10. If your kids are going away to camp, call the camp now to request a list of required items. Start shopping with your weekly errands to avoid a large time commitment or expense all at once.

Multitasker: The Chinese military shovel

This video is long (so click through it, or watch it over your lunch break), but really interesting. I wish I had one of these amazing tools. I could replace a number of items in my toolbox with the Chinese military shovel:

Scissor, bottle opener, hang, and anchor were my favorite purposes of this multitasker, simply because they were so unexpected (although, I think oar is stretching it a bit). It’s nice to see that necessity can breed such wonderful multi-tasking inventions.

What are your favorite multi-tasking tools?

(Note: There is no talking on this video, so don’t worry about turning off the sound if the background music starts to grate on your nerves.)

Get your garage ready for summer

A lovely woman named Meri who works for California Closets e-mailed me last week to see if I would be interested in talking to Peter Walsh about garage organizing. Her offer came literally minutes before I was to interview him about office organizing. I told Meri that Peter is probably getting sick of us here at Unclutterer, and maybe she could just pass along some of his tips by e-mail.

She happily obliged, and a day later the following advice arrived in my inbox. If you’re in need of turning your garage back into a garage, these tips can serve as your instructional guide to a clean and organized space —

  1. Remove: If you want to really organize from the ground up, take everything out and take a good look at the space you have.
  2. Measure your car: When everything is out of your garage, pull in your cars and mark the floor where your car ends on all sides. You now know how much room you have if you want your car to fit.
  3. Throw Out: Get rid of the old and damaged. Decide what items are no longer useful, damaged, or have missing pieces, and dispose of them.
  4. Recycle: Reduce the clutter and be eco-friendly. Old newspapers, magazines, glass, aluminum, old oil or paint can be recycled.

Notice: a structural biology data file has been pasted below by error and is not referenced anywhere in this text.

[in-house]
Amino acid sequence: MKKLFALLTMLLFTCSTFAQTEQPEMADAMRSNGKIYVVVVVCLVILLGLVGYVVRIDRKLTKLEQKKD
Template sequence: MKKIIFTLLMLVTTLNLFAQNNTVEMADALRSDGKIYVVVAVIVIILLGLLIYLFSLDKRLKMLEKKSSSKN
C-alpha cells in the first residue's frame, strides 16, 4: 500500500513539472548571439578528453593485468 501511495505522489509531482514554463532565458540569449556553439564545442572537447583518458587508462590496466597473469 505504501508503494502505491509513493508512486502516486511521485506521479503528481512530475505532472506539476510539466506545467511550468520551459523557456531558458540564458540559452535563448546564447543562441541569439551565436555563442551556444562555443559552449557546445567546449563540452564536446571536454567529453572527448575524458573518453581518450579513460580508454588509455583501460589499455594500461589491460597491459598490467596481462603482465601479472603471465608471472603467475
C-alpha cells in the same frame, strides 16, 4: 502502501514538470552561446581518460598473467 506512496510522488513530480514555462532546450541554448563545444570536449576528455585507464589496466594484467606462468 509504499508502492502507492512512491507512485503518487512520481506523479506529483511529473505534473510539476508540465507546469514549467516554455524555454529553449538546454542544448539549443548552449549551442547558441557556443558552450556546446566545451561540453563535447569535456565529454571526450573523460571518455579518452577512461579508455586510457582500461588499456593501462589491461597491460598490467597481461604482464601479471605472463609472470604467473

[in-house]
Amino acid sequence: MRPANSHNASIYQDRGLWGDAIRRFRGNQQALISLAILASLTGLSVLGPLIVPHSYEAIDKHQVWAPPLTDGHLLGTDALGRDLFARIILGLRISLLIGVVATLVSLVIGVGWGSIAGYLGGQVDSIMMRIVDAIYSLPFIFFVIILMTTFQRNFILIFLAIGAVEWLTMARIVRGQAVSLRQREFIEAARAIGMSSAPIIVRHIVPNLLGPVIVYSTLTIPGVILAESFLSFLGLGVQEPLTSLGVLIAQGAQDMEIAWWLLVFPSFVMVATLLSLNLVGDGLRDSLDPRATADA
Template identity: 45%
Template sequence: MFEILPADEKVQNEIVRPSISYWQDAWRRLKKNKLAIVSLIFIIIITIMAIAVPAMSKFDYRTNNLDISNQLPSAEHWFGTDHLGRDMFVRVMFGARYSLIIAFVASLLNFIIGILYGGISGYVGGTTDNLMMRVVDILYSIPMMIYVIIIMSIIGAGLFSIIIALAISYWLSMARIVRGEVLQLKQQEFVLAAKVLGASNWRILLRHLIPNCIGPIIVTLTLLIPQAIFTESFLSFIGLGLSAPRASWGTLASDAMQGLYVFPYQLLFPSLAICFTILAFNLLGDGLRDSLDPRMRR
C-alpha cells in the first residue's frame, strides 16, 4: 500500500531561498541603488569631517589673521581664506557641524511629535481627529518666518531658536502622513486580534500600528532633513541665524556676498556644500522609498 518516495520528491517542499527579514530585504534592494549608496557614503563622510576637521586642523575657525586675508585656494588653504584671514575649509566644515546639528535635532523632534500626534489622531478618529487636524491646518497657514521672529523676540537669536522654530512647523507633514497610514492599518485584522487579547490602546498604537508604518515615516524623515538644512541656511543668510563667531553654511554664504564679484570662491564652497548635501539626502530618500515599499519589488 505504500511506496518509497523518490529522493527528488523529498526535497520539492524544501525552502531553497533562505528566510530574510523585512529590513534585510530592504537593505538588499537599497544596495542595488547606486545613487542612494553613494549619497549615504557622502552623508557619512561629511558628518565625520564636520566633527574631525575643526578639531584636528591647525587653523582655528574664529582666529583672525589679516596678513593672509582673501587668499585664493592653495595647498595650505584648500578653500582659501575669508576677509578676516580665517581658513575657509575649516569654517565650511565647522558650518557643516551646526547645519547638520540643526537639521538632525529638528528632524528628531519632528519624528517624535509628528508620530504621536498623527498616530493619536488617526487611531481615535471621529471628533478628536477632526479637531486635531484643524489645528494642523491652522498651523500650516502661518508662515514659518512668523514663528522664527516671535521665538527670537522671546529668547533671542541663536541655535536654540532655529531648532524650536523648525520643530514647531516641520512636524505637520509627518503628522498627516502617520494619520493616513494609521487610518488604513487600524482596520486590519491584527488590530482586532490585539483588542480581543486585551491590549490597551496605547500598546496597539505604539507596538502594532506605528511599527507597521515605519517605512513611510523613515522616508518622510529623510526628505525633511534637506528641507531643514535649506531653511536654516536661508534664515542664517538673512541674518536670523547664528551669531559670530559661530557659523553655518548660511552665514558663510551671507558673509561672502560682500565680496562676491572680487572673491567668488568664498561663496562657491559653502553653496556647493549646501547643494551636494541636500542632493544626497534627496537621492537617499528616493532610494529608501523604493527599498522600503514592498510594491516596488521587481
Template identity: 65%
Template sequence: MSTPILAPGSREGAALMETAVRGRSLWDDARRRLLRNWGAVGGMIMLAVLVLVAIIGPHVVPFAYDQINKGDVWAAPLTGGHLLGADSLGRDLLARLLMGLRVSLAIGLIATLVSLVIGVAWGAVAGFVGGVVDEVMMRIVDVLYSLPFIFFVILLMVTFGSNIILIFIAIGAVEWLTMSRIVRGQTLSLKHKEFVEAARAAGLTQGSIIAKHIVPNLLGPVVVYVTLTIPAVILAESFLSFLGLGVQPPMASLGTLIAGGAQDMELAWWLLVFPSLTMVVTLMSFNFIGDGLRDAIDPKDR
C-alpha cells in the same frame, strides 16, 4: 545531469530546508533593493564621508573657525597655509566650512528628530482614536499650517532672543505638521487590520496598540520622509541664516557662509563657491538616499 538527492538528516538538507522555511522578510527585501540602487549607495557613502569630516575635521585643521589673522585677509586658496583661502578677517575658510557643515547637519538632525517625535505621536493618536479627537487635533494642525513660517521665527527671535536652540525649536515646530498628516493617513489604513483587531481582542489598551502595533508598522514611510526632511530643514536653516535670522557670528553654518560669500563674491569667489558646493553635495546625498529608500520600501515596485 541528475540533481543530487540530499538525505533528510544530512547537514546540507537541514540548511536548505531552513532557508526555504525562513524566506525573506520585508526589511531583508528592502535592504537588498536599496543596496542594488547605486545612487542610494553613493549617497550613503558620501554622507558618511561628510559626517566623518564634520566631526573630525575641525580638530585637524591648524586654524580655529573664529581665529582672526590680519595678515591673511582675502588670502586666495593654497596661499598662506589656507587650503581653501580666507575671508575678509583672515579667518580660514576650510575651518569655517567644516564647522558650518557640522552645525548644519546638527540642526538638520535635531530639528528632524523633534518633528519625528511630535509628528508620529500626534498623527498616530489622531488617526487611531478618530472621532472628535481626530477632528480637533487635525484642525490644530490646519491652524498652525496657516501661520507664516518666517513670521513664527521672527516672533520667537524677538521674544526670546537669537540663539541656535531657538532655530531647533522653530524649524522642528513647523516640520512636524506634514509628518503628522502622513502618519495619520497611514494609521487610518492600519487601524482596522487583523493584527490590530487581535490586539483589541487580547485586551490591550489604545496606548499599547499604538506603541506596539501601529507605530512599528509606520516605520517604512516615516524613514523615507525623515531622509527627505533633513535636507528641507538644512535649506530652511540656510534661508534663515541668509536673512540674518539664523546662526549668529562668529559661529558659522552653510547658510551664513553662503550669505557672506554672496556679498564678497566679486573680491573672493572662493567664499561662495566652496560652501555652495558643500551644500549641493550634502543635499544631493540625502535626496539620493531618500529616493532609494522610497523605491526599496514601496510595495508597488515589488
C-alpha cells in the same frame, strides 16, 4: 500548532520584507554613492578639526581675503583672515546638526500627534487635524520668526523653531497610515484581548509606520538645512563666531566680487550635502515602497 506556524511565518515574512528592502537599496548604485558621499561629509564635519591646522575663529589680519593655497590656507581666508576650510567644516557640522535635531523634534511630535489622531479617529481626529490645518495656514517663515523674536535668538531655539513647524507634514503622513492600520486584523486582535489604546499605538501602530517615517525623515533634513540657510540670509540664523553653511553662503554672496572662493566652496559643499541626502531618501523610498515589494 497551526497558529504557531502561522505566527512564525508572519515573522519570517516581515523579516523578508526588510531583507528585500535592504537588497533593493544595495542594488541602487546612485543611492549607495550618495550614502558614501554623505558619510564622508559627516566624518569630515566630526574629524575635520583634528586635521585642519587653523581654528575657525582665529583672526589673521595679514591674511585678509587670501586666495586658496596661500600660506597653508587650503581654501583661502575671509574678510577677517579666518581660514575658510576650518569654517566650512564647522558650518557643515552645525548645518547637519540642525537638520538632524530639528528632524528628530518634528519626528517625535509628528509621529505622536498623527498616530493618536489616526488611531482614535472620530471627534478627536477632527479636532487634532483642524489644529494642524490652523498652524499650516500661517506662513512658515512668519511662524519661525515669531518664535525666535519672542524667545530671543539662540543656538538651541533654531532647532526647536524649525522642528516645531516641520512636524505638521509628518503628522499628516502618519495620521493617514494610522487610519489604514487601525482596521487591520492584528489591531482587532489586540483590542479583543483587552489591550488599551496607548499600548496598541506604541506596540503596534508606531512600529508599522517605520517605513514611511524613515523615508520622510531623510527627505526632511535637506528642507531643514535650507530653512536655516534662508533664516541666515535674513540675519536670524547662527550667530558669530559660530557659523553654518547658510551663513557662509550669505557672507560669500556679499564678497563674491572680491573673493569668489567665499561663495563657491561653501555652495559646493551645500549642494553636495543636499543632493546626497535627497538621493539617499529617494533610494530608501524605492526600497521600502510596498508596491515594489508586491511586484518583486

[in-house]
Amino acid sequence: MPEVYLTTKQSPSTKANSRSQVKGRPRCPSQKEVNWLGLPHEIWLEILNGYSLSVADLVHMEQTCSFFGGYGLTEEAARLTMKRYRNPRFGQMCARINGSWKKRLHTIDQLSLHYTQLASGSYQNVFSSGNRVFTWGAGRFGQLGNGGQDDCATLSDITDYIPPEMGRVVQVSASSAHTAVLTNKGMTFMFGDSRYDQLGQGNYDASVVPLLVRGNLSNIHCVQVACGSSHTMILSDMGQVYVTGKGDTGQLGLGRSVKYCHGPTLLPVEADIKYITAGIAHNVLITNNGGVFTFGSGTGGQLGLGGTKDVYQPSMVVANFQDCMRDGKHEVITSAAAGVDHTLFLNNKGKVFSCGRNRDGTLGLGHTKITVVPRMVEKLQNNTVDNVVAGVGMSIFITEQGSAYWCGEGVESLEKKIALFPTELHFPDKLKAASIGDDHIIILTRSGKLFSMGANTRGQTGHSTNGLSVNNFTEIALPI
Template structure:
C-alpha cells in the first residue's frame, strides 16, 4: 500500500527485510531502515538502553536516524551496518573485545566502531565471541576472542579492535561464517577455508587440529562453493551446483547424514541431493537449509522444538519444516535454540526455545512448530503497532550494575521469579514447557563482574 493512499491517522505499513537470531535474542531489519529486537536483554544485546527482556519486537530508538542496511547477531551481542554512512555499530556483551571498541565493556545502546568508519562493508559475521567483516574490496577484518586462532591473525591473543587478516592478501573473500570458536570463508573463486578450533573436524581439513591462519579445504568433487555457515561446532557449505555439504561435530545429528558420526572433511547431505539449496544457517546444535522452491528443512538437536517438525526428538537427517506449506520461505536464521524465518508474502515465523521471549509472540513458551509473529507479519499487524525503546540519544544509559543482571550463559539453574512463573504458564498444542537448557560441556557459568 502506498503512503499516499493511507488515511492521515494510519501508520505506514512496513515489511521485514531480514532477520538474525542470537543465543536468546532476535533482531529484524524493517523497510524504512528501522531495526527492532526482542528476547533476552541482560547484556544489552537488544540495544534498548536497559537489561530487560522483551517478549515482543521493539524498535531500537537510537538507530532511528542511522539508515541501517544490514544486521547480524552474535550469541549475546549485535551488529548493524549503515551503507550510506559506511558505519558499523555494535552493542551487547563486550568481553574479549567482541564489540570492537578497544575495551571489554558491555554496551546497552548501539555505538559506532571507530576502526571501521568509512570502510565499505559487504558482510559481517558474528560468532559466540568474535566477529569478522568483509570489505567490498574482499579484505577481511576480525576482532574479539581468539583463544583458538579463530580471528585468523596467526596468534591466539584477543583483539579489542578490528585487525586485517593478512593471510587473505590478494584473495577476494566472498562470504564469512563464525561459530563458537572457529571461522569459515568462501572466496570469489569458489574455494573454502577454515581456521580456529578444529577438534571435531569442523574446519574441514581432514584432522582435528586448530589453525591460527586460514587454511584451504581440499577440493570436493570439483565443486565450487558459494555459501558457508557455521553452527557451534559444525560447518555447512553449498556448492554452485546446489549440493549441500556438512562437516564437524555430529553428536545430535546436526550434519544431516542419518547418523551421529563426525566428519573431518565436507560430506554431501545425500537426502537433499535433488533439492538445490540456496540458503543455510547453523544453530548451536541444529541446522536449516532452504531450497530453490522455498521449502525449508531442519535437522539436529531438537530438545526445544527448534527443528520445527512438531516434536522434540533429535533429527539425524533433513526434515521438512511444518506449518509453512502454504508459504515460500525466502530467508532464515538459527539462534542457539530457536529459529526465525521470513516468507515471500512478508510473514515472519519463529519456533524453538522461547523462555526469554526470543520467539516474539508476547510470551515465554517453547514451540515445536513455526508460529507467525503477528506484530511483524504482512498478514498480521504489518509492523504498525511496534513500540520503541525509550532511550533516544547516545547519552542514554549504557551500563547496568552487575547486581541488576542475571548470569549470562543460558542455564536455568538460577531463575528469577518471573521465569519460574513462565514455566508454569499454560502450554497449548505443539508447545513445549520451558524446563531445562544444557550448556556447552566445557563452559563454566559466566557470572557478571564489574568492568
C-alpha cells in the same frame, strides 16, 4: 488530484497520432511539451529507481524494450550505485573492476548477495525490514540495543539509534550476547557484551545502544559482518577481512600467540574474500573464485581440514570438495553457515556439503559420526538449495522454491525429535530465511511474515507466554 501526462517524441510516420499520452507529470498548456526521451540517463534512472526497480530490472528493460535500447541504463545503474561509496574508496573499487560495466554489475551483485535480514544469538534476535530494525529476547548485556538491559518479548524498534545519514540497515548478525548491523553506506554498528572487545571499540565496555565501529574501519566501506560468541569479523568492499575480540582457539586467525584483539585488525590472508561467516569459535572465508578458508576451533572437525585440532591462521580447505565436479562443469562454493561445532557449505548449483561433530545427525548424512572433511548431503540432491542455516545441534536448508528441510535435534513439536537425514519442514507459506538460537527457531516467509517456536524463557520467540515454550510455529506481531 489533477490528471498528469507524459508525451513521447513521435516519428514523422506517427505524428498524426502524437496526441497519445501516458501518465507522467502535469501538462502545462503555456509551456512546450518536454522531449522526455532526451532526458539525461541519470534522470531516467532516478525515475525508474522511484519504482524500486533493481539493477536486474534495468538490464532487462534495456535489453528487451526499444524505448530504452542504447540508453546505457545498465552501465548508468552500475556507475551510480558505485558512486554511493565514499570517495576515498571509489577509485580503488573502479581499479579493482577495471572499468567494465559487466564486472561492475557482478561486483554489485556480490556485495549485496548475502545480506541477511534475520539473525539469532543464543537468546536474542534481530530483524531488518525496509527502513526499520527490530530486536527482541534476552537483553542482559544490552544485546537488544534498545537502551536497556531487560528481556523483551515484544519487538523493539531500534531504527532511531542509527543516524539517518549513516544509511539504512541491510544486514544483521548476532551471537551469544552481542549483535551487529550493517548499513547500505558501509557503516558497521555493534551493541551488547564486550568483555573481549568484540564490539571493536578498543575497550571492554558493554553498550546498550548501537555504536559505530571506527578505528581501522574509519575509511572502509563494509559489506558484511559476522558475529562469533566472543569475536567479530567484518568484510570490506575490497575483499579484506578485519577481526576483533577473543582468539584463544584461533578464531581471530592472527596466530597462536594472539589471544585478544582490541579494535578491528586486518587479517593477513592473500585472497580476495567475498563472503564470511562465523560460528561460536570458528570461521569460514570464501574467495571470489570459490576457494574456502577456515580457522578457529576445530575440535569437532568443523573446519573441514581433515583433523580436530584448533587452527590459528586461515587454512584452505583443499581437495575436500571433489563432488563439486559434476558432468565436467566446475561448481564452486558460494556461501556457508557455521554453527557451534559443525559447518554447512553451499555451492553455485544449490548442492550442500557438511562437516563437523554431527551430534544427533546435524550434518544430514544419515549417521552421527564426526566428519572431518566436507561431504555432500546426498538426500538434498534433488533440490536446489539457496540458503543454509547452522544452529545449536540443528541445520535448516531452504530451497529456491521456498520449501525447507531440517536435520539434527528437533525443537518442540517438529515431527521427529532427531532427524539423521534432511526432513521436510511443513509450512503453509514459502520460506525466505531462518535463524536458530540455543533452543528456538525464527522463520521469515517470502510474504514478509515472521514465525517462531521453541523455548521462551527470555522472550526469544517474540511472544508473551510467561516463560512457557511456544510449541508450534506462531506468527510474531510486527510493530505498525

5. Donate: Time to get rid of the things that won’t ever fit or you won’t ever use again. If the items are still in good shape, donate them to a worthy cause.
  6. Group Items By Category so they are easy to find: When returning items to your garage, group like items together, such as sports and recreational equipment, garbage and recycling, lawn and garden, hardware, home maintenance, and tools.

I really liked the second tip to outline the car while the garage is empty. Simple, practical, and a fantastic idea. Once again, thanks to Peter Walsh for his terrific advice.

Basement Project: Day 4

The next task in my basement project was to clean up our tool bench. Here is a picture of its cluttered state before I got started:

It is a decent tool bench and serves our purposes. Unfortunately, the workspace had become quite the dumping ground for whatever we thought belonged in the basement but didn’t yet have a permanent storage solution. After a couple hours of attention, the clutter was removed. All that remains are the tools that we use for guitar and furniture making and basic home improvements.

In addition to the great peg board for the most-accessed tools at the back of the bench, I also put to use a set of four plastic storage bins from Ikea (which I can’t seem to locate on their website, but Container Store appears to carry similar ones):

These bins will keep errant screws, nails, and other small materials from running rampant on the workspace. A significant improvement to our tool bench.


Other posts in this series: